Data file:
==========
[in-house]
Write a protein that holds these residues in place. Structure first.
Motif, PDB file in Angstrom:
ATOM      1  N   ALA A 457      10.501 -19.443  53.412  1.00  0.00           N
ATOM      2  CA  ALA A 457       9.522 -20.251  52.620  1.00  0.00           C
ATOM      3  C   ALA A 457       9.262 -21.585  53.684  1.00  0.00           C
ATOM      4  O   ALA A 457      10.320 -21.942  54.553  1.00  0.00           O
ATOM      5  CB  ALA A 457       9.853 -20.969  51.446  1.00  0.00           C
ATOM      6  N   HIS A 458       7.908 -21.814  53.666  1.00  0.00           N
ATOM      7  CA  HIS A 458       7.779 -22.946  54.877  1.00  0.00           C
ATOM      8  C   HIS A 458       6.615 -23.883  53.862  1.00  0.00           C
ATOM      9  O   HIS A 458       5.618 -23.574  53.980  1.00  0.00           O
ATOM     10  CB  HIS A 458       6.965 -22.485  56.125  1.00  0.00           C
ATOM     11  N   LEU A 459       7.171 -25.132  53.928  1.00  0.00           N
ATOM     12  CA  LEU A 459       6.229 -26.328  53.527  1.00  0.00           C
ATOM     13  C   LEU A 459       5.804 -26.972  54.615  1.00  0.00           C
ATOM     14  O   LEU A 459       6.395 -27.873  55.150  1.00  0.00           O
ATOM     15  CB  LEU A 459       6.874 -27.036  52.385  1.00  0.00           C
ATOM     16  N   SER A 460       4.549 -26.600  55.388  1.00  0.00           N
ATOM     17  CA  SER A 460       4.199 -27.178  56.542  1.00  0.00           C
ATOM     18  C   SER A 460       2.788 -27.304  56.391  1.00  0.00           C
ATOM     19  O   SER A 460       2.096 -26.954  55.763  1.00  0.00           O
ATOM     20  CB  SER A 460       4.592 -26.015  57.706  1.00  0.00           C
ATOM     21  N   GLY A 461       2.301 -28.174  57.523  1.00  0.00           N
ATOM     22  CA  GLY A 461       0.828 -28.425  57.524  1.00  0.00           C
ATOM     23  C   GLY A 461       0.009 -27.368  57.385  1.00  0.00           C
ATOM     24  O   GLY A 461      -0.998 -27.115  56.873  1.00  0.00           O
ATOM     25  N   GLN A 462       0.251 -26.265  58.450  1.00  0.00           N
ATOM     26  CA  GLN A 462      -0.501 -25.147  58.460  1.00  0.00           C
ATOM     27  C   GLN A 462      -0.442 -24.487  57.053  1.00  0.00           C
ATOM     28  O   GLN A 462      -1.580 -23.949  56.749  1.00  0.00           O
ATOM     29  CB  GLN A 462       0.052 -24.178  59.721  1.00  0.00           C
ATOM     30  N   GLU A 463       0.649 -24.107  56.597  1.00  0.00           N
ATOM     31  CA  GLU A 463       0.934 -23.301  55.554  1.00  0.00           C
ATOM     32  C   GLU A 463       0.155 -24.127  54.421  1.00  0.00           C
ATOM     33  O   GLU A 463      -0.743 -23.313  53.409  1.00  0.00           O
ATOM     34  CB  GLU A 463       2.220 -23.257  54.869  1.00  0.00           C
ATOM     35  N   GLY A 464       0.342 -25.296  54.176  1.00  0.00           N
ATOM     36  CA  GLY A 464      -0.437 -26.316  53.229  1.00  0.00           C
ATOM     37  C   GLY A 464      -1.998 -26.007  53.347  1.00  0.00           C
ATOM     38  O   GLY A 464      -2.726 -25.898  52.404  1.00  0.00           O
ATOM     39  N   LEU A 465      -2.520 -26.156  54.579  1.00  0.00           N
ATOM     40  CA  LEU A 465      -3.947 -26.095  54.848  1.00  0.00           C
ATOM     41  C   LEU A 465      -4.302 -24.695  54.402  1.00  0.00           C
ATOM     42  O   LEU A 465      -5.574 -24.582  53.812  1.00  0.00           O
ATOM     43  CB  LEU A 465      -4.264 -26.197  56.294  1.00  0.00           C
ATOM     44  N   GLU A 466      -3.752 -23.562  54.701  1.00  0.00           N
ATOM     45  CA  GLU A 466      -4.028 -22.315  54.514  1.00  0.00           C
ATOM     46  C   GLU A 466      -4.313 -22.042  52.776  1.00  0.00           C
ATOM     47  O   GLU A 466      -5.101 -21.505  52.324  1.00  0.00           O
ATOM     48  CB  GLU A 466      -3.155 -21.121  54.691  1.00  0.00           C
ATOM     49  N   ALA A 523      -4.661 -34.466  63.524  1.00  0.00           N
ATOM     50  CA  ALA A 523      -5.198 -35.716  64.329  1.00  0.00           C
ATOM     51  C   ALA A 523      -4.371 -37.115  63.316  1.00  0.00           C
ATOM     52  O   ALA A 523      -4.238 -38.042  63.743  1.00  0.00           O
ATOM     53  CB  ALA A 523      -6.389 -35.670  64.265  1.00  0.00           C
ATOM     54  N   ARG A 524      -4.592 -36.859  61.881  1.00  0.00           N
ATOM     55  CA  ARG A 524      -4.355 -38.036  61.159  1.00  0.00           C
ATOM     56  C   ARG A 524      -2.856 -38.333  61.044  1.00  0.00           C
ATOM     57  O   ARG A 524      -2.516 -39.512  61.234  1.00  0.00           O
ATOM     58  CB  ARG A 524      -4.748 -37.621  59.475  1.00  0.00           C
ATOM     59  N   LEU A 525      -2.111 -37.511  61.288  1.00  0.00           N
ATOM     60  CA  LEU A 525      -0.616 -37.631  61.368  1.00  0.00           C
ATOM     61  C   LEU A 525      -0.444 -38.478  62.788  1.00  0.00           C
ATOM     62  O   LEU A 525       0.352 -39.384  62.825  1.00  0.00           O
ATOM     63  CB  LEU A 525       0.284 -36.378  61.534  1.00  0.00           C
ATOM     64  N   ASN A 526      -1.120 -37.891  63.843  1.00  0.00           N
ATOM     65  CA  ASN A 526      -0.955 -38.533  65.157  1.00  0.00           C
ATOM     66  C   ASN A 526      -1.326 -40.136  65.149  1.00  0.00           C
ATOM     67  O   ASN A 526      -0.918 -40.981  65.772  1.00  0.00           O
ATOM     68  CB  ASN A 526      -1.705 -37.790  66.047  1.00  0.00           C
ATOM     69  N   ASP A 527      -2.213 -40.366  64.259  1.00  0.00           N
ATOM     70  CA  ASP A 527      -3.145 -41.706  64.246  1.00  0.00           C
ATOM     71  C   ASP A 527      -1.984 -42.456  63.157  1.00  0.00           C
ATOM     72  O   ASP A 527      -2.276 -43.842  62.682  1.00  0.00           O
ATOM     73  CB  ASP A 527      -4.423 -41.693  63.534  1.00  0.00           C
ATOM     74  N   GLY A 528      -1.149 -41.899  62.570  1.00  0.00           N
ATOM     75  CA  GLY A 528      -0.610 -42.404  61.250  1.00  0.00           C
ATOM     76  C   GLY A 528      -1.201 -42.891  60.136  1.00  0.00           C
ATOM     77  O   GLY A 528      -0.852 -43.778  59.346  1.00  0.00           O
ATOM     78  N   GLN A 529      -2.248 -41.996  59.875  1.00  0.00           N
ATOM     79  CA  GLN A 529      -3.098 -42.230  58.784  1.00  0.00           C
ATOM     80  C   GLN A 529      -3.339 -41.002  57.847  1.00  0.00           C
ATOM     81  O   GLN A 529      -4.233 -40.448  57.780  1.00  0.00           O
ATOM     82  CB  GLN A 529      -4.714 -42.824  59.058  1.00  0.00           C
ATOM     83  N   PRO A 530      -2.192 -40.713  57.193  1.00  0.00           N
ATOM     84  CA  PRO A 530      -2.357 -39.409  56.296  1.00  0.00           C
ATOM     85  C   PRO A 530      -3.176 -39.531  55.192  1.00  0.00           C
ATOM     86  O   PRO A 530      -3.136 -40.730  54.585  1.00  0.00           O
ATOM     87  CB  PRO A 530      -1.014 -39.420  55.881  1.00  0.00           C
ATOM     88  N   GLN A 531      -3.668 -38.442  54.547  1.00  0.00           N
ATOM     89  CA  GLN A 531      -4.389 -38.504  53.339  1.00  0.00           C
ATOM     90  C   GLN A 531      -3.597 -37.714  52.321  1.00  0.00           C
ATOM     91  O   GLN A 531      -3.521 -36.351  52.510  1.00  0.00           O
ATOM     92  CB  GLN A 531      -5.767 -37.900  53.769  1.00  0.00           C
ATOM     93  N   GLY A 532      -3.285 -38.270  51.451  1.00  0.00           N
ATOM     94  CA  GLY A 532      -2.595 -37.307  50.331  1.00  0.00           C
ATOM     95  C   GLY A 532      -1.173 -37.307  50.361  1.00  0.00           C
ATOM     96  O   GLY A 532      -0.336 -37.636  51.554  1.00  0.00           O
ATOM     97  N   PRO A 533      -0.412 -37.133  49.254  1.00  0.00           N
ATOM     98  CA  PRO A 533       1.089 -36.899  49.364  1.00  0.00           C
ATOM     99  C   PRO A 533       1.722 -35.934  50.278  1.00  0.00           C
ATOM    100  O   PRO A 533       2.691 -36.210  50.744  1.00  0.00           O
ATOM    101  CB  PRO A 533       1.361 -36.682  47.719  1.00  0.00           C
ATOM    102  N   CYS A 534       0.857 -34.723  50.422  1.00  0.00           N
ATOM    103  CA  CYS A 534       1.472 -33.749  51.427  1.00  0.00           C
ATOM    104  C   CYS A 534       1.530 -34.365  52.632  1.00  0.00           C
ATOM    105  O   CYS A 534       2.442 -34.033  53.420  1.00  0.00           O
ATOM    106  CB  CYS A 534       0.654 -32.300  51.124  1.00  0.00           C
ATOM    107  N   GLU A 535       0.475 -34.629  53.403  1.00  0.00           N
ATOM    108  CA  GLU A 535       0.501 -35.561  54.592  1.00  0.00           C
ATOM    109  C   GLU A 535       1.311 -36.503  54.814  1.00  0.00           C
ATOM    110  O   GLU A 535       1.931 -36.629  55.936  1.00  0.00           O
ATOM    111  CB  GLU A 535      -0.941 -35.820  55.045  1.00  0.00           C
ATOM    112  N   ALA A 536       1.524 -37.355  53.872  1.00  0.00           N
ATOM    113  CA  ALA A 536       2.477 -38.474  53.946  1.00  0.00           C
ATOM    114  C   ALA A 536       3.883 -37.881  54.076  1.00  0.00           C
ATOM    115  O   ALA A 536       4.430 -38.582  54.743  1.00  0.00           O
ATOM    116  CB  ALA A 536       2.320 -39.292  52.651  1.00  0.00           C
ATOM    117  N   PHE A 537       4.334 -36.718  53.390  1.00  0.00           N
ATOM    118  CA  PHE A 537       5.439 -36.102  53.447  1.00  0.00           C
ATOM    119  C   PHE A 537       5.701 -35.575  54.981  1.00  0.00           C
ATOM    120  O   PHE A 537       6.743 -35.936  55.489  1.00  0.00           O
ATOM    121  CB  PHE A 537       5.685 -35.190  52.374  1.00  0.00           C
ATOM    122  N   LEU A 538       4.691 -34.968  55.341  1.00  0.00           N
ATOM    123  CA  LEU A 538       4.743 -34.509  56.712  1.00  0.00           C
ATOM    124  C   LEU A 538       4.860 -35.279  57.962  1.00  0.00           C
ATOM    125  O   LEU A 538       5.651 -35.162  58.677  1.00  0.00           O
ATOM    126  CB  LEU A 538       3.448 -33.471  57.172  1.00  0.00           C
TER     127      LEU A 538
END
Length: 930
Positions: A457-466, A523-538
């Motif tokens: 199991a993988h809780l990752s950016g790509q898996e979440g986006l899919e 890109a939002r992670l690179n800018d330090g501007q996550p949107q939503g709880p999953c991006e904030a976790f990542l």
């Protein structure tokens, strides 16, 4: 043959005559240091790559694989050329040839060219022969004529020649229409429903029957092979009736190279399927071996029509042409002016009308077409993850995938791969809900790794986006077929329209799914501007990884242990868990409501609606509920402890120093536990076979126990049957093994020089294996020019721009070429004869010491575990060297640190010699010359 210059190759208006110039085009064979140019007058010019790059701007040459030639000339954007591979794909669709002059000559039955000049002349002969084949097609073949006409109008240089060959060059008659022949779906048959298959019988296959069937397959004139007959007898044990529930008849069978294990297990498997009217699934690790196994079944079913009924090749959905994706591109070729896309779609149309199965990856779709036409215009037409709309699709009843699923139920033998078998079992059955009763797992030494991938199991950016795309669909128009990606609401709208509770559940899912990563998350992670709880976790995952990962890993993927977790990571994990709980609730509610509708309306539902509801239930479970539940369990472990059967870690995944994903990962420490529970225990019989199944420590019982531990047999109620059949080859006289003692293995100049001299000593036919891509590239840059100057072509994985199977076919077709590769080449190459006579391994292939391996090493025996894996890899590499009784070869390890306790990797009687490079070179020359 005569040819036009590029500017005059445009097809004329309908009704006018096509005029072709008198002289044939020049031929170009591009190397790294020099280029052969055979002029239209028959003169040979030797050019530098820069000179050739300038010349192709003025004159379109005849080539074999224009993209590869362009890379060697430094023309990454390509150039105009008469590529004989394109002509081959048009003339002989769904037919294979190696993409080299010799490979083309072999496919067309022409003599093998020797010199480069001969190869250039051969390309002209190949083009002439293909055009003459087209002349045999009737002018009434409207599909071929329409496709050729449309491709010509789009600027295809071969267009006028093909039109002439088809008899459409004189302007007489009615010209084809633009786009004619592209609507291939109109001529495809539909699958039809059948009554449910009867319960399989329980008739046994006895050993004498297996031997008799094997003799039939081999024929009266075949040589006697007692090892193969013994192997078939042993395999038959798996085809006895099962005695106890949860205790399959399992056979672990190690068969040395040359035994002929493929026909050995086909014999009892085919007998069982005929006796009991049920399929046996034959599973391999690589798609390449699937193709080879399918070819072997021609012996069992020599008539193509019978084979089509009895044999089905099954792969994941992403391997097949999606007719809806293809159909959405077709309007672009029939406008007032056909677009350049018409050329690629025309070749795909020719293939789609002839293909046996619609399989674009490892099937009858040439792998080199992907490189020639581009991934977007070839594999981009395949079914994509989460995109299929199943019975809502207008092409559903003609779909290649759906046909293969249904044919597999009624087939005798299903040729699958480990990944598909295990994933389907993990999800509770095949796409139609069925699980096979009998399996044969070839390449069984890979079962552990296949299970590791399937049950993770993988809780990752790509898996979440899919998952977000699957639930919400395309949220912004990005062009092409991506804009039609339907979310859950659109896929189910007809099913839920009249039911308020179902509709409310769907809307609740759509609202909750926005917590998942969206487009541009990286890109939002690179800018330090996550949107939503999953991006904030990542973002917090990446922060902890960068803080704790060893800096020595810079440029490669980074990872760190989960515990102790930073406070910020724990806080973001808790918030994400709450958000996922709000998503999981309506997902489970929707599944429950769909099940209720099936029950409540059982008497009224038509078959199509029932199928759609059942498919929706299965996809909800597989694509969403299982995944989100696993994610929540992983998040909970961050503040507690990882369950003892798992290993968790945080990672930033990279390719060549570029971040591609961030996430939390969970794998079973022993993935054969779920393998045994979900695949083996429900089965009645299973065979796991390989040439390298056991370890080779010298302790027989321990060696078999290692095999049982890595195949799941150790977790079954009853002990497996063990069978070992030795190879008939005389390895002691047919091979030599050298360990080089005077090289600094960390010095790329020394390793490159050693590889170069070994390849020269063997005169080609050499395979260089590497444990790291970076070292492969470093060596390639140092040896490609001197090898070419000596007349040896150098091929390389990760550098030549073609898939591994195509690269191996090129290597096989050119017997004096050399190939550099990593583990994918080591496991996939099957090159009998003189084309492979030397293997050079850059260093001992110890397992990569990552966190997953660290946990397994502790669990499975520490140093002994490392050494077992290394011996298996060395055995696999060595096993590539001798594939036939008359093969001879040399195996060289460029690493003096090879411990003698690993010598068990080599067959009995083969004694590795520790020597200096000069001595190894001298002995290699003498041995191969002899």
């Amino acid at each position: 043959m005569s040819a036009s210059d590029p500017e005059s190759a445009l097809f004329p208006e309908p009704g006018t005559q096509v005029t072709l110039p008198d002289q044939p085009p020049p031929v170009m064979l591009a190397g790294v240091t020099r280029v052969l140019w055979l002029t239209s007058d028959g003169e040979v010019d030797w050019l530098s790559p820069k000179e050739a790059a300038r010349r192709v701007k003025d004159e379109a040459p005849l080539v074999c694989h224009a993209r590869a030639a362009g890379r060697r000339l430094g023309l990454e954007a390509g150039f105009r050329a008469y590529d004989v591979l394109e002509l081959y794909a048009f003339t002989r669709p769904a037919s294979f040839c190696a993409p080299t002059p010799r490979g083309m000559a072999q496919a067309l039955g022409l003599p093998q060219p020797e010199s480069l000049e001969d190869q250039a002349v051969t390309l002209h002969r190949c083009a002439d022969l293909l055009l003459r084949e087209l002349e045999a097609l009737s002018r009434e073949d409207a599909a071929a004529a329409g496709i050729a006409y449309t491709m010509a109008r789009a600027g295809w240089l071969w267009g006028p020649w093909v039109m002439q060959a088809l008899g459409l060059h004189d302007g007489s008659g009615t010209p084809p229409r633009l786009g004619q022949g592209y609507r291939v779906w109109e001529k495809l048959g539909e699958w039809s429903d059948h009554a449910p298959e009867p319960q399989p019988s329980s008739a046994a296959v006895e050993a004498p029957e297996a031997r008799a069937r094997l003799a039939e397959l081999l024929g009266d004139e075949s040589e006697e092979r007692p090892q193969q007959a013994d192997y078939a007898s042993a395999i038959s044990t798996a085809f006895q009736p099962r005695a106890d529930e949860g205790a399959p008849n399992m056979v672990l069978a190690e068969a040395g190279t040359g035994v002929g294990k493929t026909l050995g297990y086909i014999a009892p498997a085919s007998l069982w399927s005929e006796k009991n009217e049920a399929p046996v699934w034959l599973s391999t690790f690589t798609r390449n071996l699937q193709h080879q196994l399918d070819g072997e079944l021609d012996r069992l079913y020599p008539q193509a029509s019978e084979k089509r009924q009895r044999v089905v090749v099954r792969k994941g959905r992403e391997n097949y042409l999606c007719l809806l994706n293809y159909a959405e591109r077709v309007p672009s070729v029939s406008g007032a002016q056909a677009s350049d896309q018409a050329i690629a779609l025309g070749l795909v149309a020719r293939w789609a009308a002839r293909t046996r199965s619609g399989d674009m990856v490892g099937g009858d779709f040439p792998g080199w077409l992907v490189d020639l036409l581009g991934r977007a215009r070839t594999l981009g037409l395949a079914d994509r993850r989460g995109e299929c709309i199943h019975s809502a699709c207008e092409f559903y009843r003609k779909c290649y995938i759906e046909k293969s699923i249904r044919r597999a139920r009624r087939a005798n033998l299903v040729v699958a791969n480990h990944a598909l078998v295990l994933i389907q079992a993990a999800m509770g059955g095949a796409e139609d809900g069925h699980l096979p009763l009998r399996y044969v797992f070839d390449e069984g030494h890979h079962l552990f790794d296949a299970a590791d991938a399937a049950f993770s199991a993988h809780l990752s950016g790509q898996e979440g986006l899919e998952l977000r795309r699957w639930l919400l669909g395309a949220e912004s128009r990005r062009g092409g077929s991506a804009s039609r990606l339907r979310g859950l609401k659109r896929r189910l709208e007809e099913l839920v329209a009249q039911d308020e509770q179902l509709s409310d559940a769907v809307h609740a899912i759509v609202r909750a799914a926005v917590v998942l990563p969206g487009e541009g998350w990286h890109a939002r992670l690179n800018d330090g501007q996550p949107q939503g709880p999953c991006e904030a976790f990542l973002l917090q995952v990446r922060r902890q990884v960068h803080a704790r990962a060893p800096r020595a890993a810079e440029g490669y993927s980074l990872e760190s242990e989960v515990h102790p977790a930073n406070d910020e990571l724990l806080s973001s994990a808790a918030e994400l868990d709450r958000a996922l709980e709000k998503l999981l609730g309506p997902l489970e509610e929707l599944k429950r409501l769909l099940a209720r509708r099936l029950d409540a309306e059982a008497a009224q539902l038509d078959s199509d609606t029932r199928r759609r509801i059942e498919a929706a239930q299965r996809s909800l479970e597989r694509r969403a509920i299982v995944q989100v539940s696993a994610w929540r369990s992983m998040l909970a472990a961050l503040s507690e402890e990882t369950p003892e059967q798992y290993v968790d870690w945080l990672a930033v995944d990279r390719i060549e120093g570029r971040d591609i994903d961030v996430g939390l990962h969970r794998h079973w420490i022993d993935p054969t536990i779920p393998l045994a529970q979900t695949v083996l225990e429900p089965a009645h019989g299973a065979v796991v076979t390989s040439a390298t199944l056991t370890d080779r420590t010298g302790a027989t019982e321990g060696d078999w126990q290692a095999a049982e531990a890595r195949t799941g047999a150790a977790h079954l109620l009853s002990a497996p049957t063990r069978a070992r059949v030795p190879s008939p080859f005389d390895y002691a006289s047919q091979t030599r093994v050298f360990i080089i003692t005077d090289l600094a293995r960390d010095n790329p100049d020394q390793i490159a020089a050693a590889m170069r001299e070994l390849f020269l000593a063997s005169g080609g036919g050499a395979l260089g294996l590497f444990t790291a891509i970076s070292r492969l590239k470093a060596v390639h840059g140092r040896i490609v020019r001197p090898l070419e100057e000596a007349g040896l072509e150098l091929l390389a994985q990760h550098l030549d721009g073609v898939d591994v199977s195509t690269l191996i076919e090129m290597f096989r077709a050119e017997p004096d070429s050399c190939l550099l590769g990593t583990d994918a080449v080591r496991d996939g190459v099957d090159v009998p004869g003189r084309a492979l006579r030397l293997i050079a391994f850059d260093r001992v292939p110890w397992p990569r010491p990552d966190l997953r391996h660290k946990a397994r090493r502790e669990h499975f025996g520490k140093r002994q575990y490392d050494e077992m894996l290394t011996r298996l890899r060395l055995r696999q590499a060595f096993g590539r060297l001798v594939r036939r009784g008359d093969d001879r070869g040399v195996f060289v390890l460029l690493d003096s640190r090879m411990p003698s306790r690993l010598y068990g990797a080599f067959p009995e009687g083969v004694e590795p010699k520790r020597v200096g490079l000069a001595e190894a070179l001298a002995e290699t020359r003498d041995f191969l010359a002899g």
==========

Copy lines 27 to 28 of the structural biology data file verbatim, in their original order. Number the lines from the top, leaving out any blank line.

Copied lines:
ATOM     24  O   GLY A 461      -0.998 -27.115  56.873  1.00  0.00           O
ATOM     25  N   GLN A 462       0.251 -26.265  58.450  1.00  0.00           N